Raps Dora Milaje: How Black Women are Running the Rap Game

Daniella Hagopian Arts & Entertainment, Culture

BY OMAR ABDULKARIM

Image result for megan thee stallion fever


This past Friday, Megan Thee Stallion, aka the H-Town Hottie, aka Tina Snow, aka Hot Girl Meg blessed us with her album Fever. While the album is a rallying call for us Hotties to act up this summer, it also serves as the perfect reminder of the fact that women are running rap. Yes, RUN rap. And it is not even close. Now more than ever, it is time for niggas to take their appropriate role on the sidelines as waterboys and bench warmers while new faces take over the game.

Perhaps the most beautiful thing about our beloved women rappers is the abundance of melanin. Not only are damn near all our favorite women rappers Black, but in an industry that has typically only allowed Black women that reflect eurocentric beauty standards to achieve stardom, seeing Black women that don’t fit under these models is refreshing. Lizzo, a relatively dark skin rapper, is a woman who is bigger than what we are typically accustomed to seeing. Yet, she’s doing her shit and constantly gaining more fans. Rappers like Lizzo and CupcakKe are prime examples of Black women breaking a mold that has historically limited them from being seen on the large stage. Similarly, Leikeli47 demands recognition solely on the basis of her skill. Always performing under a ski mask, nobody really knows what she looks like. Rather Leikeli is only known for what happens during the moments her microphone is cut on. The same can not be said for the boys on the other side. An abundance of non-Black people like post malone, logic, lil pump, tekashi, russ, and g eazy take up space on the mainstream as they profit and appropriate off the work of Black artists.

Another quality that women rappers have over the men is how individually distinctive they are from one another. At a time where it seems like labels are trying to mass manufacture clones of trendsetters like Young Thug, Uzi, Future, etc, it is rejuvenating to see the diversity women are bringing to the game. There’s absolutely no way you can say that Noname, Tierra Whack, Dreezy, and Rico all sound the same. Each brings their own sound, drip, and flavor to music, and the same cannot be said for the boys constantly trying to be each other.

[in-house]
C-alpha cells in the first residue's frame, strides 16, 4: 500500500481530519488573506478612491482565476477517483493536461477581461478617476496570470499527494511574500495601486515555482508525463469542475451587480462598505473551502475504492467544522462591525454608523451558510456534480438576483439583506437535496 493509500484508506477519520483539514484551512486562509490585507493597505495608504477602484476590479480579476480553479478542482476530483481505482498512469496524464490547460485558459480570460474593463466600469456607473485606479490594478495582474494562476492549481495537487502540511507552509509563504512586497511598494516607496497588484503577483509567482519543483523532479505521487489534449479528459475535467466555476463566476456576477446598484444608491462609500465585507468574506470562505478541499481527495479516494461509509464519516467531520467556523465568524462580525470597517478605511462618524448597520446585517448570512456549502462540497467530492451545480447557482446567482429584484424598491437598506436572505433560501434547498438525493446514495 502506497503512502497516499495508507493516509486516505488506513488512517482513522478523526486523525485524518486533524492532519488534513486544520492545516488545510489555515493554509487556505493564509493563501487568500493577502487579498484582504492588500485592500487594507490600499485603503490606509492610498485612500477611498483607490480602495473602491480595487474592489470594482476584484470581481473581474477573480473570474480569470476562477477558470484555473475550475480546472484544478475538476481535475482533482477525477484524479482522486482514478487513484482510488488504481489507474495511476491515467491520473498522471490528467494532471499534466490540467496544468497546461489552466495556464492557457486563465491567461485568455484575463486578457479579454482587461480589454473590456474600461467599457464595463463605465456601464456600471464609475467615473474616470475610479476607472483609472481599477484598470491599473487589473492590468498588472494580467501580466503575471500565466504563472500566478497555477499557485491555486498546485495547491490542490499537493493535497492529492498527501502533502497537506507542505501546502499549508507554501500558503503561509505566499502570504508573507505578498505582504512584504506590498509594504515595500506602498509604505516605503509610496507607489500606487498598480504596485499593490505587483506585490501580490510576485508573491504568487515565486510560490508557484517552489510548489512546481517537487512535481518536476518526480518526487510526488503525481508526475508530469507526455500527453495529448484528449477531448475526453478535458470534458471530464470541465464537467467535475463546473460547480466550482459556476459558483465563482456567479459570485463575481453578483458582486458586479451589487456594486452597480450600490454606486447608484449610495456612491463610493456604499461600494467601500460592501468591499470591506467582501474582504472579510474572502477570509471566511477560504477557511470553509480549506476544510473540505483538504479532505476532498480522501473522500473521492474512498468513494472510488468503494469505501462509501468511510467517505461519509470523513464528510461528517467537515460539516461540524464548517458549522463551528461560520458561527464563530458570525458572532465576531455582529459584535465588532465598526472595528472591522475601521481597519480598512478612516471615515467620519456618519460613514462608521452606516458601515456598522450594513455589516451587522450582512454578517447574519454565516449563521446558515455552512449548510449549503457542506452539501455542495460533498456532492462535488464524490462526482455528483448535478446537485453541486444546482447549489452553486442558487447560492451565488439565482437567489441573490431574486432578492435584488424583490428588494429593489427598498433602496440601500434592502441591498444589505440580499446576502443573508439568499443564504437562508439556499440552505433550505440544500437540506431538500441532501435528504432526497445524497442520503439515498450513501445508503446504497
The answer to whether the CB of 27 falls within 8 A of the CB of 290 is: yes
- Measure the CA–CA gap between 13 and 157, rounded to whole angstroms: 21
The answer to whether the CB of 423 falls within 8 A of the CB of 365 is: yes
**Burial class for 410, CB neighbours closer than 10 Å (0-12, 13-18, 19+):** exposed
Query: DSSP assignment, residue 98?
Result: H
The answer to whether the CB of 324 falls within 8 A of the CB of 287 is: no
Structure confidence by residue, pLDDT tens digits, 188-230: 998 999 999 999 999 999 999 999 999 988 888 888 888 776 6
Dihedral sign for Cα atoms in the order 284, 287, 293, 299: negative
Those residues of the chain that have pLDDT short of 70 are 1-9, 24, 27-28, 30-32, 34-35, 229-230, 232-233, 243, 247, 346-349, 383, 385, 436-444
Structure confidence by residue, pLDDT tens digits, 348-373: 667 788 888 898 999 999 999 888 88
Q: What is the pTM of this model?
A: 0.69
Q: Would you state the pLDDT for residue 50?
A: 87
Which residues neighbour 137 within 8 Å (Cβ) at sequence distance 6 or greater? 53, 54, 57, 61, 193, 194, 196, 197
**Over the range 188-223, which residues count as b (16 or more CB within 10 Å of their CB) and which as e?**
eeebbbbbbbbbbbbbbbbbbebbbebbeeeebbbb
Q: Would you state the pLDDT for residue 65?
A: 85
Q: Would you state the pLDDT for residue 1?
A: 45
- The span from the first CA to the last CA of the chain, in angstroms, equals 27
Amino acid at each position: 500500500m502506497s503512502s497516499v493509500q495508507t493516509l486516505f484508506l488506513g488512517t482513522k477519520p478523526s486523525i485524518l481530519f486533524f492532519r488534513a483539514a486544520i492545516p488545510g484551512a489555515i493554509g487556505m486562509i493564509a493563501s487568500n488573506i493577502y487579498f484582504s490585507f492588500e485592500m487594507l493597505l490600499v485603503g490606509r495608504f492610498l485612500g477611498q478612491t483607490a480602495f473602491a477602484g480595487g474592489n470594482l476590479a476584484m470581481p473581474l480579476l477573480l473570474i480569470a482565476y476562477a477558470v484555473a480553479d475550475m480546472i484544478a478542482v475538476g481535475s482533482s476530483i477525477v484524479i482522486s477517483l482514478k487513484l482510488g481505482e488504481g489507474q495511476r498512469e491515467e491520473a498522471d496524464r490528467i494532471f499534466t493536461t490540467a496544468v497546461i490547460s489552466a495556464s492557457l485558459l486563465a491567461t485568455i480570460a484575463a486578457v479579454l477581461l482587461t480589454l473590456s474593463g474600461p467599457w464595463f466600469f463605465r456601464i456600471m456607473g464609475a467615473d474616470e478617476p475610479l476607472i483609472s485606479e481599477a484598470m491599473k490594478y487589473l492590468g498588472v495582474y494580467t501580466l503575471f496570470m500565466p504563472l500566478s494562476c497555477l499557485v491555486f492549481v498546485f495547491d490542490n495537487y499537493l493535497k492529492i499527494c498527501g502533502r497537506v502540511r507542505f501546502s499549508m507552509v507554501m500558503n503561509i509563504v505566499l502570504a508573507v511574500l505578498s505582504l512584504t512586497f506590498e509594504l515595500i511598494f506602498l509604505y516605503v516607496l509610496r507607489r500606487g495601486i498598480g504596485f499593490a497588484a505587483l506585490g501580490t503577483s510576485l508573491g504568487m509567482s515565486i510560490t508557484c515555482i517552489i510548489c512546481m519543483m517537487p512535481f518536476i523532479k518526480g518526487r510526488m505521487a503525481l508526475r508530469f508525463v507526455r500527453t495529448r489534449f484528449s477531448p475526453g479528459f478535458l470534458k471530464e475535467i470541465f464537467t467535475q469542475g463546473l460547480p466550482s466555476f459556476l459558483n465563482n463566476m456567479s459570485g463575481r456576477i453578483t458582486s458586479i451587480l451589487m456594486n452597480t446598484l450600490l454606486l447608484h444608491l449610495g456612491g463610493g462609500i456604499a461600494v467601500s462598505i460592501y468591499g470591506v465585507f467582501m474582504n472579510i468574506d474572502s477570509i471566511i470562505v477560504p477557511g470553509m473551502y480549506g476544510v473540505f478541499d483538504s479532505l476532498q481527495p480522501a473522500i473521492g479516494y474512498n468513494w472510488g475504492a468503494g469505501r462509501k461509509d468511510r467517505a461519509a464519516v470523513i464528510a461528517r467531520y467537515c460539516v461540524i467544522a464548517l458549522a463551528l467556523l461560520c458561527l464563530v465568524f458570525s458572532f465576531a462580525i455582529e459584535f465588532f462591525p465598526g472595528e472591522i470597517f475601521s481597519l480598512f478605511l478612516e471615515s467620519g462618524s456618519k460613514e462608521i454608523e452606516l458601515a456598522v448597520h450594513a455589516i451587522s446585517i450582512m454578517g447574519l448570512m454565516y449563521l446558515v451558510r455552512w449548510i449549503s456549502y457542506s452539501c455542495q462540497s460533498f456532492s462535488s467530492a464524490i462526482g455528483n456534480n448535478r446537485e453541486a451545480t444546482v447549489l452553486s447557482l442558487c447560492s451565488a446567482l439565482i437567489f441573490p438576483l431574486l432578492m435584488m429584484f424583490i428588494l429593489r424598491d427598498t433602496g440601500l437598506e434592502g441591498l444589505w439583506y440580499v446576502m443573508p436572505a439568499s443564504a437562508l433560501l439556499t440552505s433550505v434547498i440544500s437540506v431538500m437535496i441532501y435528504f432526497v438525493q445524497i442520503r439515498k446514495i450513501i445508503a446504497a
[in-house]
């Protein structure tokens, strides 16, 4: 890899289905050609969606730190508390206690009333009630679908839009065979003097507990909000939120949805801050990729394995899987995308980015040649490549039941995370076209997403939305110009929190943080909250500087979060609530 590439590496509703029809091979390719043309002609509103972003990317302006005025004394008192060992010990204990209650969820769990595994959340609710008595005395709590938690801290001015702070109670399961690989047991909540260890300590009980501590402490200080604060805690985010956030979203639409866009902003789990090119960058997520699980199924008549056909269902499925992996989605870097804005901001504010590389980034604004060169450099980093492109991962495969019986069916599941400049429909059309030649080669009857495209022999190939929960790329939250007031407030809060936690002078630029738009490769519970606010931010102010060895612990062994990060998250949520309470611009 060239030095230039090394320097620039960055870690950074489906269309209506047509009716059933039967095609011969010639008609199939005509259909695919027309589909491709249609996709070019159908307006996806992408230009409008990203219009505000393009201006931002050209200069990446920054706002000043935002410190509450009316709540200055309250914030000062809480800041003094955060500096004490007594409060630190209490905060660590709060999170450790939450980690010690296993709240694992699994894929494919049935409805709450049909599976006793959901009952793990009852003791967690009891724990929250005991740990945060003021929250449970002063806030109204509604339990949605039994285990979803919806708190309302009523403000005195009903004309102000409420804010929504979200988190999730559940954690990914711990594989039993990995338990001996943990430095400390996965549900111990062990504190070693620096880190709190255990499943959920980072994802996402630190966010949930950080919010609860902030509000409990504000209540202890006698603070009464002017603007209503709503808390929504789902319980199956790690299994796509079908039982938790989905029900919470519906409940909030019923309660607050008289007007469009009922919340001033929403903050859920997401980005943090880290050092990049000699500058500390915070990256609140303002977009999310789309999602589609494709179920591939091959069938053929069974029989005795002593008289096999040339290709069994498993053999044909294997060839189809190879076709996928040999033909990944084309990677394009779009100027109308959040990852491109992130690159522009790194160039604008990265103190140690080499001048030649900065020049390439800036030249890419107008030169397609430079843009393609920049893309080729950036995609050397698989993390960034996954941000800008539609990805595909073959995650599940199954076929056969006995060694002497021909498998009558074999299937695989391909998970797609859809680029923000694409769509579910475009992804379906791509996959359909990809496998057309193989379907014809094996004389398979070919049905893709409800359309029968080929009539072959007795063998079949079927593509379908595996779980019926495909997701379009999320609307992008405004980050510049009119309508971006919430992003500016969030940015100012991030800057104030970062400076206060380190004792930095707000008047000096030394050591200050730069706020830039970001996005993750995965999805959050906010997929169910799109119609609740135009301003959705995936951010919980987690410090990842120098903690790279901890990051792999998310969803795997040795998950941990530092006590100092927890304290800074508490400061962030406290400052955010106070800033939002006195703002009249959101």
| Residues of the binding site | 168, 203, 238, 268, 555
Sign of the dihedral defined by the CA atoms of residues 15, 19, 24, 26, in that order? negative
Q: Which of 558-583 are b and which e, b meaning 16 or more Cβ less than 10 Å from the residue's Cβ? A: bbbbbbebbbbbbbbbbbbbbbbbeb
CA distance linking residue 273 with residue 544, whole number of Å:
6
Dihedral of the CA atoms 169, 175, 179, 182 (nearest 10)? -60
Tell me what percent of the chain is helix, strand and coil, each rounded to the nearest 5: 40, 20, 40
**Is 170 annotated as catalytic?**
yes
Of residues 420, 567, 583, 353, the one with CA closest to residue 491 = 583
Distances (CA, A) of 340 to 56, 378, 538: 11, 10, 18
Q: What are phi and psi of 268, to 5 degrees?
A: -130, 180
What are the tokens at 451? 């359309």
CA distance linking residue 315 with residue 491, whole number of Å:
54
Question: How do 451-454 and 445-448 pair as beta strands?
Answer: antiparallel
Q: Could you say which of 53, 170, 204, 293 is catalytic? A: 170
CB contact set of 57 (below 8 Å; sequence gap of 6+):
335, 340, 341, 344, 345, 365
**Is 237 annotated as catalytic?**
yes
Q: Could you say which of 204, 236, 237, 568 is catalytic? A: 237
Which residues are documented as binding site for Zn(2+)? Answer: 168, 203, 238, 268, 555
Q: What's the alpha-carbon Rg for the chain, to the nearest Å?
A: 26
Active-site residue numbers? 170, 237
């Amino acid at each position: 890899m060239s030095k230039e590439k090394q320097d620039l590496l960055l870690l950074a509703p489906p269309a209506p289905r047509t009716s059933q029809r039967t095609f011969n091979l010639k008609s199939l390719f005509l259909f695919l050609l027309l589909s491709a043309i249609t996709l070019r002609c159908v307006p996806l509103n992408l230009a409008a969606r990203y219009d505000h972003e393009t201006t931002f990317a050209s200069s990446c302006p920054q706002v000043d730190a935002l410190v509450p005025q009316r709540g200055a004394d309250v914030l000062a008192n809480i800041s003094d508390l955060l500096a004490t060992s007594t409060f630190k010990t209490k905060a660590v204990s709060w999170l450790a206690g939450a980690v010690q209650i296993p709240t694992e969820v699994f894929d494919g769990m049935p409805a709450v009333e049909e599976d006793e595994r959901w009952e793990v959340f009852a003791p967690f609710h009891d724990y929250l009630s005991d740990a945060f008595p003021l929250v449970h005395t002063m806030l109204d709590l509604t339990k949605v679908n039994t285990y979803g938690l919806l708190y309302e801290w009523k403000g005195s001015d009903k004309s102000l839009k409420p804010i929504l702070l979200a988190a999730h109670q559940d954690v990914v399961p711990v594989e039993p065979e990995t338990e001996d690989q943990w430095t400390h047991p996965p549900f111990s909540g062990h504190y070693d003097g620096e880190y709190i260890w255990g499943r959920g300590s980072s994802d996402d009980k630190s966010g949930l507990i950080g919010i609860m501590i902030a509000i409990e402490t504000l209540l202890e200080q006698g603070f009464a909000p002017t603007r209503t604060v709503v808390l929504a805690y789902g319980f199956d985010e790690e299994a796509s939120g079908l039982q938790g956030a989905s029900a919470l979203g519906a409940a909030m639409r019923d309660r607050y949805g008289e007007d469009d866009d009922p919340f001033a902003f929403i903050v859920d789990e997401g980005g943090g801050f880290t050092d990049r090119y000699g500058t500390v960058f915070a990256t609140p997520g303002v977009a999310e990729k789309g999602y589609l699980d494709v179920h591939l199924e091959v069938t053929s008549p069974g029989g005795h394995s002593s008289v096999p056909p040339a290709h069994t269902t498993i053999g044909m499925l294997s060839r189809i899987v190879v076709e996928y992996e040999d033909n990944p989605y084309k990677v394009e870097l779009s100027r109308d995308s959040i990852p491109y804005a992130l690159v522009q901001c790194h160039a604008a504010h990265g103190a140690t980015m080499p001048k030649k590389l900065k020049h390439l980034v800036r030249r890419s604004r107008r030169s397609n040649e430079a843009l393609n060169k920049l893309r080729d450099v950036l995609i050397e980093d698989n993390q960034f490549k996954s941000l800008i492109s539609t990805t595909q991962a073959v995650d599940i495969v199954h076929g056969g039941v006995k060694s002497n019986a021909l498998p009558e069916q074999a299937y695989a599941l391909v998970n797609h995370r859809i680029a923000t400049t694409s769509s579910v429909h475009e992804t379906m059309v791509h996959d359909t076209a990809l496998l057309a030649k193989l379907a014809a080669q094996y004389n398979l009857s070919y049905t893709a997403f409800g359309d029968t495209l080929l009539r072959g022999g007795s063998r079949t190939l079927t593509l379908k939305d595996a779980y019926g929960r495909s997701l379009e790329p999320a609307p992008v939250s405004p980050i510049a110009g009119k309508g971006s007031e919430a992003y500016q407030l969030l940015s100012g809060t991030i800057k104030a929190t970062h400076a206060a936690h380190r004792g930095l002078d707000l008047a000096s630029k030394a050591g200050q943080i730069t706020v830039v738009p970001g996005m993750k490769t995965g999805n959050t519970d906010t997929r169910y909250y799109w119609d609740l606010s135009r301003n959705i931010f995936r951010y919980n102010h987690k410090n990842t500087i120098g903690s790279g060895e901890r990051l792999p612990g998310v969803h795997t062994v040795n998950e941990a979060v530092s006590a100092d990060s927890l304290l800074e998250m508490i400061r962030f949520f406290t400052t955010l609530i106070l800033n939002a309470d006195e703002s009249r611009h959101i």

Unlike we have typically seen, there’s also this sense of comradery amongst women rappers today. As far back as the 80s, the few women in the game have been pitted against one another. From beef with Roxanne Shante vs everybody to MC Lyte vs Antoinette, women rappers have constantly been placed in opposition to one another. We see it today, where you’re either rocking with Lil Kim or Nicki, Nicki or Cardi, and so on. You must choose your favorite rapper as if there is not enough space for all of them to take their rightful place among royalty. Yet this increasingly no longer seems to be the case. In a game where we have usually seen only individuals win, it’s exciting to see an entire team of badass women rightfully take ownership of the rap game.

I would be remiss not to mention the overthrow of traditional roles Black women have played in music and rap in particular. As evident in music videos through the decades, Black women’s roles as video vixens and hypersexualized objects that serve the sole purpose of satisfying cishet men’s needs is far too telling. Perhaps now more than ever there is an increasing number of women that are reclaiming their sexuality, taking control of it, and even flipping the script to where men are subservient to their needs. Whether it be Meg telling niggas to eat it or get out or JT telling men “I’m a bad bitch, you gotta cash out” as the City Girls rap about how it’s that season where niggas cut checks for no reason, it’s only right that women are finally taking ownership of their own bodies in this industry and even demanding niggas to serve to their needs for once.

In a world where men are good for very little, one would like to dream they would hold their weight in at least rapping. Yet here we are. Until these niggas finally catch up, it’s about time to bask in the glory and greatness that these women rappers are serving. It’s time to give women in this industry the recognition they have been deserving of since its founding. So thank you Megan Thee Muthafucking Stallion, Rico Nasty, Noname, Tierra Whack, Dreezy, Kash Doll, City Girls, Lizzo, Leikeli47, CupcakKe and all the other women rappers that are revolutionizing this game into a league of their own.